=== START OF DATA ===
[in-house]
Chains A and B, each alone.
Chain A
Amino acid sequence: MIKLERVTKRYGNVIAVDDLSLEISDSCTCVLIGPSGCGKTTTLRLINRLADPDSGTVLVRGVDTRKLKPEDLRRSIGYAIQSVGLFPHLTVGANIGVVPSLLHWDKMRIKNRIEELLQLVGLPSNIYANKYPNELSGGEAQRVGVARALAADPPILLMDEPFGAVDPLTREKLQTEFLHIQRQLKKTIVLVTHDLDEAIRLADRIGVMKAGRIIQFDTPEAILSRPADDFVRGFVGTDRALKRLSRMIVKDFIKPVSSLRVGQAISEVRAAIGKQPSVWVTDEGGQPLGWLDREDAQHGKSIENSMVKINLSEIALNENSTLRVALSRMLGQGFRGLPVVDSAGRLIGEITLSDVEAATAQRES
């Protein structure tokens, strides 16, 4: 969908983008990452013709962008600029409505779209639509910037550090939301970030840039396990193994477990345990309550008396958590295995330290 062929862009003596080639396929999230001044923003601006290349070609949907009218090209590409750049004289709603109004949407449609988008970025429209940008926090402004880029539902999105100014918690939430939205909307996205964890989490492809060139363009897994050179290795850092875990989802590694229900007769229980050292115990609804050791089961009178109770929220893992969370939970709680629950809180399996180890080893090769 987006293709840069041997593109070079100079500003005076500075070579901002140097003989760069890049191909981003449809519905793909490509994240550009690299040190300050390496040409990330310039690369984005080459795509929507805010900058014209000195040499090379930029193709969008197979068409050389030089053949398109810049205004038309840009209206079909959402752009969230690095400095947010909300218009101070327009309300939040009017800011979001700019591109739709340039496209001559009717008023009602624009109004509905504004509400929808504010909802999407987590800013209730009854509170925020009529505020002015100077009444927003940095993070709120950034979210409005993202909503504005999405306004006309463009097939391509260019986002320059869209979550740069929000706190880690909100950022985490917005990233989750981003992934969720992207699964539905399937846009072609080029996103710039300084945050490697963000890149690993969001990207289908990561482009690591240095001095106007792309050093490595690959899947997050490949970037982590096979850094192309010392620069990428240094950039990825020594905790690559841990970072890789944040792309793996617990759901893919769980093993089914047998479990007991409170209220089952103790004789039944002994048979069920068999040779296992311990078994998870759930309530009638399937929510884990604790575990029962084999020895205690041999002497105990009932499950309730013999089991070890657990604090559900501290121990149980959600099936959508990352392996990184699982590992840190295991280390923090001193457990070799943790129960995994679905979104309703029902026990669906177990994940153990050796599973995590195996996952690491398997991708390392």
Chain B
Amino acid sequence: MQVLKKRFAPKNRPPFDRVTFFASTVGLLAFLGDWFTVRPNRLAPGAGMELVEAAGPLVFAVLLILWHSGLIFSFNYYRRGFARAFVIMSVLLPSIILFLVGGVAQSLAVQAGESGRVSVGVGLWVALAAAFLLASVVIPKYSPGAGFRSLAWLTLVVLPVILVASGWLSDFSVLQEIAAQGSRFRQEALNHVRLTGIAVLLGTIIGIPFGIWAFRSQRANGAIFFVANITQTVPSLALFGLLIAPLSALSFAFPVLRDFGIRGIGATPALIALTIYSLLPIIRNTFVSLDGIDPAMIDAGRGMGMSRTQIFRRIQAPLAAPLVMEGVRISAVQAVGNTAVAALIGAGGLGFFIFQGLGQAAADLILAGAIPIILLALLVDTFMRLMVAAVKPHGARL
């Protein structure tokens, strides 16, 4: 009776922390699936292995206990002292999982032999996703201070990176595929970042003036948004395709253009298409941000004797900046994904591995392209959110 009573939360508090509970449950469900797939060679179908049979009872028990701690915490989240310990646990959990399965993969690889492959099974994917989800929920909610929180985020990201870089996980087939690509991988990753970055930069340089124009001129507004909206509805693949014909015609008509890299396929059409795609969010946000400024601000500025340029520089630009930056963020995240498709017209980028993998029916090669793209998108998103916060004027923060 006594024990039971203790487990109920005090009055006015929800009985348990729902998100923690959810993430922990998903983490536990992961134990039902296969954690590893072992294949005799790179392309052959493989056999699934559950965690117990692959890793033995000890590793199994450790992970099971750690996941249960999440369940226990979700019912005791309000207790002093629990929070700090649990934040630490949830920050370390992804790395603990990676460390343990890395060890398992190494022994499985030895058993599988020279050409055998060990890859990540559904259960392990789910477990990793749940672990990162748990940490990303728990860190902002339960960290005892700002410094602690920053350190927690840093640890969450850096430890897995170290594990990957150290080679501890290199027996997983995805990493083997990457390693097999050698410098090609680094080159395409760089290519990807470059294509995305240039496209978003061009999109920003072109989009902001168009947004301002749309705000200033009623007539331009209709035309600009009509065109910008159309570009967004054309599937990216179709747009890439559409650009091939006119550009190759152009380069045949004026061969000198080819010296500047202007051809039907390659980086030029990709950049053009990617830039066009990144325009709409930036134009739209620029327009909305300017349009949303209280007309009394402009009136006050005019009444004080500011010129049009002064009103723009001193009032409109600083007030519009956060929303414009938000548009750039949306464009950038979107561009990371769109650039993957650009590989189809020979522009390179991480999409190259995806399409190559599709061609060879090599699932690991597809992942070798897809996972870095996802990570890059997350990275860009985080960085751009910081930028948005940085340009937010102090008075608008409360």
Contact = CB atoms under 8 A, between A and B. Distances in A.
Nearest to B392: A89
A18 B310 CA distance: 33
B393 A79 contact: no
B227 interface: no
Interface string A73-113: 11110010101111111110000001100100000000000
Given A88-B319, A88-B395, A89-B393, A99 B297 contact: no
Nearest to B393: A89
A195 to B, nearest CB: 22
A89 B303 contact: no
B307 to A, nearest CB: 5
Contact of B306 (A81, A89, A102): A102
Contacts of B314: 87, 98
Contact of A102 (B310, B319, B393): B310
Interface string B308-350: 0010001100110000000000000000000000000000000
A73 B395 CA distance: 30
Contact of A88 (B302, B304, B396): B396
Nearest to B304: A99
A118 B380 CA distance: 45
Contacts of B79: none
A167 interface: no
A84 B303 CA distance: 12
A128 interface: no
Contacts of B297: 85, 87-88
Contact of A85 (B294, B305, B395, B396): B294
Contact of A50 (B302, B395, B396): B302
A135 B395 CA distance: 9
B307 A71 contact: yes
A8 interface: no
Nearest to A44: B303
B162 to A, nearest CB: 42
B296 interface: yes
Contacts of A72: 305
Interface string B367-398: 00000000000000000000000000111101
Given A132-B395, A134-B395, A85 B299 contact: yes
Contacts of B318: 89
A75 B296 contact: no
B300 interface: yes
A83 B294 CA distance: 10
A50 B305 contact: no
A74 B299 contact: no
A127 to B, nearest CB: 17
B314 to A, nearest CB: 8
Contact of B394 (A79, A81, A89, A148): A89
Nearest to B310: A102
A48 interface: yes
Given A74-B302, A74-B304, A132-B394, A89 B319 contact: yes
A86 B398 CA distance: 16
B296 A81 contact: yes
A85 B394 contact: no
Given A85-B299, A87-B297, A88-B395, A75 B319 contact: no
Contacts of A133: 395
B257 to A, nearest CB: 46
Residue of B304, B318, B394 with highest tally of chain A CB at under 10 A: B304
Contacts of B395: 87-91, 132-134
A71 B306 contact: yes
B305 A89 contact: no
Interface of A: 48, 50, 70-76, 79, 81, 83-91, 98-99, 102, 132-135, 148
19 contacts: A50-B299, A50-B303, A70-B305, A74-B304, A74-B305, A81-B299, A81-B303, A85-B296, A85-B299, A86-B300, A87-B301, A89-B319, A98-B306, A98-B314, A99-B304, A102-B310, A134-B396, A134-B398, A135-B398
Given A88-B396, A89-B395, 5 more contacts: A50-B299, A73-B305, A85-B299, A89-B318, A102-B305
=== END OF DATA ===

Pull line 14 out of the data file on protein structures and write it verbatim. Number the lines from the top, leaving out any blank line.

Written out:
Interface string A73-113: 11110010101111111110000001100100000000000